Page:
Yes, Windows Phones are finally keeping up with the Joneses. Thanks to the latest update, smartphones running Microsoft's mobile OS can now have top-of-the-line components. We got a good taste of how this feels with the Nokia Lumia 1520 (spoiler: It's pretty dang good), but most people would prefer flagship specs in a smaller phone. Enter the Lumia Icon, a loaded 5-inch WP8 device exclusive to Verizon that goes on sale in black and white colors February 20th for $200 with a two-year contract. (It'll cost $550 at full retail or Edge pricing.)
The Icon comes with nearly all the same specs as the Lumia 1520: a 1080p display, 2.2GHz Qualcomm Snapdragon 800 processor, 20-megapixel PureView rear camera (with optical image stabilization, a 1.2MP front-facing webcam, a Gorilla Glass 3 screen, Qi wireless charging, NFC, dual-band WiFi 802.11a/b/g/n/ac and Bluetooth 4.0 + LE. Unsurprisingly, the 2,420mAh battery is smaller, and we hope it can efficiently manage the high-def screen and quad-core processor without a huge drain to the battery.
Aside from the battery and smaller screen, the Icon is an exclusive to Verizon, as evidenced by the three carrier-specific logos on the front and back. And while we wouldn't be surprised to see a 5-inch 1080p Lumia device hit the rest of the market at some point, it probably won't look like the Icon. The phone sports straight aluminum sides and a curved back fashioned out of matte polycarbonate. In many ways, the setup reminds us of the Lumia 925, which features rounded metal sides and the same plastic back; the Icon is 0.5mm thicker, but it also doesn't have a distracting camera hump like the 925 has. We'll offer more impressions below, but not before showing off a gallery of images and a brief walk-through video.
Nokia Lumia Icon for Verizon hands-on
Before we go any further, it's important to acknowledge the display -- the first 5-inch 1080p ClearBlack panel to show up in a Windows Phone. Nokia opted for an OLED screen instead of LCD this time around -- the 1520 features the latter, while the 1020 and 925 use the former -- and it boasts a pixel density of 441 pixels per inch. In addition to a sharp picture, it brings fantastic viewing angles, 500 nits max brightness and an incredibly low-glare screen (similar to what we saw on Nokia's Lumia 2520 tablet). While the Lumia 1520 screen was beautiful, we found ourselves champing at the bit to play with a similar HD display in a smaller size -- and we were impressed as soon as we saw it.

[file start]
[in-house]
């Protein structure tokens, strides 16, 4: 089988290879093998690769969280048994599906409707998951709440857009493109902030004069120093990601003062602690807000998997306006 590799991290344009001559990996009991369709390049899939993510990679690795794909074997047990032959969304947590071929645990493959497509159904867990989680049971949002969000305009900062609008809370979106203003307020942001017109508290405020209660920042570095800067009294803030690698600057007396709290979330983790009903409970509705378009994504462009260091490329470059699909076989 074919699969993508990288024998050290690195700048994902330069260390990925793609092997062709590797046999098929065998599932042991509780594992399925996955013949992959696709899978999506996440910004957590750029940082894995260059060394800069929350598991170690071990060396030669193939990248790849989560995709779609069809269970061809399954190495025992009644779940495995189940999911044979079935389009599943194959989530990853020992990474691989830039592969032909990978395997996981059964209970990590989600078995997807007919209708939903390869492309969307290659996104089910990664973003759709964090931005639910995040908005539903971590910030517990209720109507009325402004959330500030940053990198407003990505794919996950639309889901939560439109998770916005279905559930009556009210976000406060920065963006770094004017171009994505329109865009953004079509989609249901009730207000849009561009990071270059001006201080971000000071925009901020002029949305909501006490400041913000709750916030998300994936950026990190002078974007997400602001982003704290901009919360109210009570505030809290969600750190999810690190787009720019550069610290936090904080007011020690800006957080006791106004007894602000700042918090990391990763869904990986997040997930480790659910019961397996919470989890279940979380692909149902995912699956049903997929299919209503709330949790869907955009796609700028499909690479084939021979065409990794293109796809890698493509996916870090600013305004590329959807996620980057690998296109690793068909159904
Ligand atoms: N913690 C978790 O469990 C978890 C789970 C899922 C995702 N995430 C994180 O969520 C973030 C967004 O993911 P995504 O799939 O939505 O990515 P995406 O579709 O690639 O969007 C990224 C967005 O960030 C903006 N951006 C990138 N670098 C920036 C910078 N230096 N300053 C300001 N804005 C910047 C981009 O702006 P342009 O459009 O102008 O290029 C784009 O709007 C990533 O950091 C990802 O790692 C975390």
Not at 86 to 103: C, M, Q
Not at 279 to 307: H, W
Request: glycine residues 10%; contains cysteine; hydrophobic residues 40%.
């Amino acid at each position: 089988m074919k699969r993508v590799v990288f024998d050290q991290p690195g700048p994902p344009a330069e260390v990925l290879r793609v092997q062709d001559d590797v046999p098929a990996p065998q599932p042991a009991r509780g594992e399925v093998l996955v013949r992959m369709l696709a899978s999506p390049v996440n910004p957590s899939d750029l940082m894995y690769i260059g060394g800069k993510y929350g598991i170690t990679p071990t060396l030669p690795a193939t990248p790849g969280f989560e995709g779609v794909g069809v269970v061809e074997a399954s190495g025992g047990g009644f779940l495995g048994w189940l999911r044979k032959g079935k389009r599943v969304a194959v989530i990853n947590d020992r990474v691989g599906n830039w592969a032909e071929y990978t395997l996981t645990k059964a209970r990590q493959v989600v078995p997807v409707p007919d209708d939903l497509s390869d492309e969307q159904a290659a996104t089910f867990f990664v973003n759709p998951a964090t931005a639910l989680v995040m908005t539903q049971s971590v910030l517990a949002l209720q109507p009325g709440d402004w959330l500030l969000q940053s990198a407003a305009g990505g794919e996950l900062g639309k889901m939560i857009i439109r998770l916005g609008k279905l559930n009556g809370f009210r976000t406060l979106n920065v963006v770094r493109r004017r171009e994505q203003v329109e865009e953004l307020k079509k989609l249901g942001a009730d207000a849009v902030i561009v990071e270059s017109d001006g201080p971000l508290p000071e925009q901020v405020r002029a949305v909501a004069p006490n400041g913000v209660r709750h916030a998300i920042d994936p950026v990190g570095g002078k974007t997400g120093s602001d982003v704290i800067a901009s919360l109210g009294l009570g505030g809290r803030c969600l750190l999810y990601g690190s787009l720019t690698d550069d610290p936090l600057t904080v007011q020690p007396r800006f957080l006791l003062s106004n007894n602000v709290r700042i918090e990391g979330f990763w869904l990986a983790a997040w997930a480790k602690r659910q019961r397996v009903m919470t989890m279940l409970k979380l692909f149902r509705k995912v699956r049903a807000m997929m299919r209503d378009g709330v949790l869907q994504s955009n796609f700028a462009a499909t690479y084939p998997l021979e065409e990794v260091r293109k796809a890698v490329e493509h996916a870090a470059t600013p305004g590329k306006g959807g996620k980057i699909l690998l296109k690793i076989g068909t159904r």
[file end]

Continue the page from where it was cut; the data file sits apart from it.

Another aspect of the Icon worth mentioning is its four-microphone setup for directional audio. The Lumia 1520 had this as well, but it's great to see it becoming a standard on Nokia's latest devices. With a pair of mics in the back and another pair in the front, it allows you to hear audio from the situation in front of you while filtering out the extra noise going on in the background. And speaking of audio, the external rear speaker is placed near the bottom end, right where the flattest part of the back begins to slope gradually to the edges; Nokia assures us that audio won't sound muffled because the back is curved, however, so we'll have to save our conclusion for the official review in a few days.
When viewing the front or back of the Icon straight-on, you'll notice that the metal sides ring around the perimeter, which we presume serve as protection from most impacts. Those same sides are also connected to the back by a small chamfer. The top and bottom edges are nearly symmetric: The bottom features a centered micro-USB fast-charge 2.0 port and you'll find a 3.5mm headphone jack in the same spot up top (though there's a metallic tray for your nano-SIM just to the left, which throws off the symmetry a bit), and each port is flanked by the phone's gray antennas.
It's a solid device with good materials, to be sure, but there are a couple things to watch out for. Since the metal plays a prominent role in the phone's design, you probably won't last a full two years without at least a few minor dings and scratches on the side (if not much worse) -- if you've used the iPhone for an extensive period of time, you may already know what we're talking about. Additionally, if you don't typically like blocky phones, the Icon won't appeal to you -- it's essentially a thinnish block with a little bubble in the back. On the flip side, it's easy to hold and you won't ever feel like it's going to slip out of your hands, but it's certainly something worth noting.
We'll have a full review ready for you in just a few days, so stay tuned.
*Verizon has acquired AOL, Engadget's parent company. However, Engadget maintains full editorial control, and Verizon will have to pry it from our cold, dead hands.
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